Traveling to the Olympic Games in Rio de Janeiro poses no significant risk of importing the Zika virus, except for citizens of four African nations, according to a report released Wednesday by U.S. health authorities.
“Except for these four countries, the 2016 Olympic and Paralympic Games do not pose a unique or significant risk for further mosquito-borne transmissions of Zika virus in excess of that posed by non-Olympic travel,” the Centers for Disease Prevention and Control, or CDC, report said.
The four African countries are Chat, Djibouti, Yemen and Eritrea.
The “unique” risk of their athletes being bitten by a Zika-carrying mosquito, importing the virus and thus causing an epidemic is deemed to be significant because these nations don’t have substantial numbers of travelers ferrying back and forth between any of the countries where the virus is prevalent, most of them in Latin America.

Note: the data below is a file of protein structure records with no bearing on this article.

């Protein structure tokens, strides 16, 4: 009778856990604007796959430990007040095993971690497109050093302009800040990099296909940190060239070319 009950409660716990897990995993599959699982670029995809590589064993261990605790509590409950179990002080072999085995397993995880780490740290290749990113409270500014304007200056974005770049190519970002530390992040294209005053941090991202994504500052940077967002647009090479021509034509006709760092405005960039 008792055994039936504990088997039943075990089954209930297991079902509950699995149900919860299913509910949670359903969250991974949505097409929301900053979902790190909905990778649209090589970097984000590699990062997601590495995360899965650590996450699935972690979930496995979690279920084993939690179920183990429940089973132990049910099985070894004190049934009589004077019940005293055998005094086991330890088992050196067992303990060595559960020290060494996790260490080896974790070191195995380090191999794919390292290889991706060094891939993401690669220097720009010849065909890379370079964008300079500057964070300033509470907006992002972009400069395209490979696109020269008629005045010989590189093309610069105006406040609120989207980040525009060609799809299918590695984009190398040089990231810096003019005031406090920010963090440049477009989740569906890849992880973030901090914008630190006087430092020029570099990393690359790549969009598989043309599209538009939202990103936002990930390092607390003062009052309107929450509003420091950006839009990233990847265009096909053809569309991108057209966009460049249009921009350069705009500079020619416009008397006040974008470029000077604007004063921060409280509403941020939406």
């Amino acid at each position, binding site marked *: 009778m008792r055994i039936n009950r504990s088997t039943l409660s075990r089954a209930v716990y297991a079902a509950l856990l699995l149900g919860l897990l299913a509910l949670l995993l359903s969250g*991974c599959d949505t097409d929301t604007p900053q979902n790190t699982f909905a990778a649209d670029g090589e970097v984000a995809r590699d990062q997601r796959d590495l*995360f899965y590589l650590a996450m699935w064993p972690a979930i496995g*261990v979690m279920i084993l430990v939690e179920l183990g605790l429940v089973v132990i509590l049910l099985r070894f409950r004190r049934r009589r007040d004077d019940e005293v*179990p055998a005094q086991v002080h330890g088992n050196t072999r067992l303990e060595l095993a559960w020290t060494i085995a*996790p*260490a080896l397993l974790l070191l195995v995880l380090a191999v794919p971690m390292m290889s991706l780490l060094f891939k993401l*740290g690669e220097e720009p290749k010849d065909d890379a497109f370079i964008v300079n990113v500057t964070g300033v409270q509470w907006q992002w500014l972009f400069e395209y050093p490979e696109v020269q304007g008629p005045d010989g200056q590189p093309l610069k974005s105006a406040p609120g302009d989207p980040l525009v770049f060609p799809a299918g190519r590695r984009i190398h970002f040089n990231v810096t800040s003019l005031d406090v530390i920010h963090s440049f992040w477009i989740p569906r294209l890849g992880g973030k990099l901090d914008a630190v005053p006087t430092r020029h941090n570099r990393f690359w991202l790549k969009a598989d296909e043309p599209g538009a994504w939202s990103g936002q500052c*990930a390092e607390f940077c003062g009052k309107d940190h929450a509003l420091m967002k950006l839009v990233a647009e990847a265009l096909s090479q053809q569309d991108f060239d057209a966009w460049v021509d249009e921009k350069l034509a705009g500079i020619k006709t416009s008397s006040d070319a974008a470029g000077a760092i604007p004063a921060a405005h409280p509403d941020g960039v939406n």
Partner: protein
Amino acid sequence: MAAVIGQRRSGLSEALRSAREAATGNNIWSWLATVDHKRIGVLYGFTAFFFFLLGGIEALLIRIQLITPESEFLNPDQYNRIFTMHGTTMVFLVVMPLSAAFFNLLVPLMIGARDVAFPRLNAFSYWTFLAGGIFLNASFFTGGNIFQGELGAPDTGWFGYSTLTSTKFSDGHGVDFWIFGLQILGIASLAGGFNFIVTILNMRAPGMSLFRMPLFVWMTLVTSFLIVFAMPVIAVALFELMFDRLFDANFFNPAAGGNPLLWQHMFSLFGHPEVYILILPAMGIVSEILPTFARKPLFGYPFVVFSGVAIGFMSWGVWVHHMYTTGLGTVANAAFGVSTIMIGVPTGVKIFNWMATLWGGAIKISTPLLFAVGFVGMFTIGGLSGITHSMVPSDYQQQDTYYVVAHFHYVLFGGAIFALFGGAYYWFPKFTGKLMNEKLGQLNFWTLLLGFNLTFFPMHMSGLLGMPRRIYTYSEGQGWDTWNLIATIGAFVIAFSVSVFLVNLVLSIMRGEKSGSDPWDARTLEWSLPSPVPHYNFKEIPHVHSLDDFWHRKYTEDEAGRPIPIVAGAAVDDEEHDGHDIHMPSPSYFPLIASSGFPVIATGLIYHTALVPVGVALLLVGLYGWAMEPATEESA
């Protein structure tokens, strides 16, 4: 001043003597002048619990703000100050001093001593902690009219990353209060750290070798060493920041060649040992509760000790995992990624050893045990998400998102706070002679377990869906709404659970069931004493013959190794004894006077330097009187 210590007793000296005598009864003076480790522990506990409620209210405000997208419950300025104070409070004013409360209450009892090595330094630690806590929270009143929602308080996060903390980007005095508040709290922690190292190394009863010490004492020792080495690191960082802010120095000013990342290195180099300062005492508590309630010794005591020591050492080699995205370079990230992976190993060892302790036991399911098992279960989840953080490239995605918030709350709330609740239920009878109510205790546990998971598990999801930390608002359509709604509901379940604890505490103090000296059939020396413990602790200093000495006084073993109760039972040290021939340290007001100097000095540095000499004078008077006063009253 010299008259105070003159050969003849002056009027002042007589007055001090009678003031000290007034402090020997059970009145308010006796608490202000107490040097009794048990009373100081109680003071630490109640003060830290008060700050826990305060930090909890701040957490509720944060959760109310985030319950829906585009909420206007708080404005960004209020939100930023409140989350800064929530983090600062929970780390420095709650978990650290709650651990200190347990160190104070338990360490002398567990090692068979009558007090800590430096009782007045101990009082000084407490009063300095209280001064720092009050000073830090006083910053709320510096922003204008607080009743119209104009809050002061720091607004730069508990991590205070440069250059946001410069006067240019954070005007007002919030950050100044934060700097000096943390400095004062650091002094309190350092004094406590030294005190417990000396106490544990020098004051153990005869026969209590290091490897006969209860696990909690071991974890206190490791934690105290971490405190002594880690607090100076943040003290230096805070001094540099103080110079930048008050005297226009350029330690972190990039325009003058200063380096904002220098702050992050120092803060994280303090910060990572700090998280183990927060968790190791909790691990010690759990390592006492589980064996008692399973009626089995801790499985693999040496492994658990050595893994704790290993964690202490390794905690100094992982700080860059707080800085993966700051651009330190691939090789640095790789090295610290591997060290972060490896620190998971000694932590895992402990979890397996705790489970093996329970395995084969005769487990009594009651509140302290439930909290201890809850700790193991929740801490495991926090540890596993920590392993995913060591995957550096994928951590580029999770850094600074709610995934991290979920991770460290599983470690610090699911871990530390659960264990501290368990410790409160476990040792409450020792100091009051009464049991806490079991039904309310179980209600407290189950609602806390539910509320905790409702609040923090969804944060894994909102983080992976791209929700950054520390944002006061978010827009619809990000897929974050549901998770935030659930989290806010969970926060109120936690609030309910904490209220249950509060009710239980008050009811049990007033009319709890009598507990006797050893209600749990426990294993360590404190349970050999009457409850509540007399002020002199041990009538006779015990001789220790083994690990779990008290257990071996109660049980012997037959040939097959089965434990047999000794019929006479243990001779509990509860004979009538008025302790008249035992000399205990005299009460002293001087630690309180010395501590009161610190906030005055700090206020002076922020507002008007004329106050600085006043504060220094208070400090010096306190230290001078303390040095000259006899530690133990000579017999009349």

“Compared with all travel to Zika-endemic areas, the Olympics account for about one-tenth of 1 percent of travel from the U.S. and globally about one-quarter of 1 percent, so even if Olympics didn’t exist, 99.75 percent would be the same risk,” CDC Director Tom Frieden said in addressing the report.
He also told reporters that there was not a large “public health reason to delay or change the games.”
The aim of the CDC study, published a few weeks before the Games are slated to begin on Aug. 5, was to make a prediction that countries could be susceptible to having the virus begin circulating in their territory if introduced by a single person who picked it up at the Rio Games.
The four African nations mentioned will have 19 percent more flight volume in August compared with passenger traffic with countries where the virus is circulating.
These four nations are being represented in Rio by a total of 19 athletes and 60 other members of the sports delegations, which the study says is just a miniscule fraction of the 350,000 to 500,000 people expected to attend the Games.
The Olympics are scheduled to run in Brazil from Aug. 5-21 and the Paralympic Games are set to run from Sept. 7-18.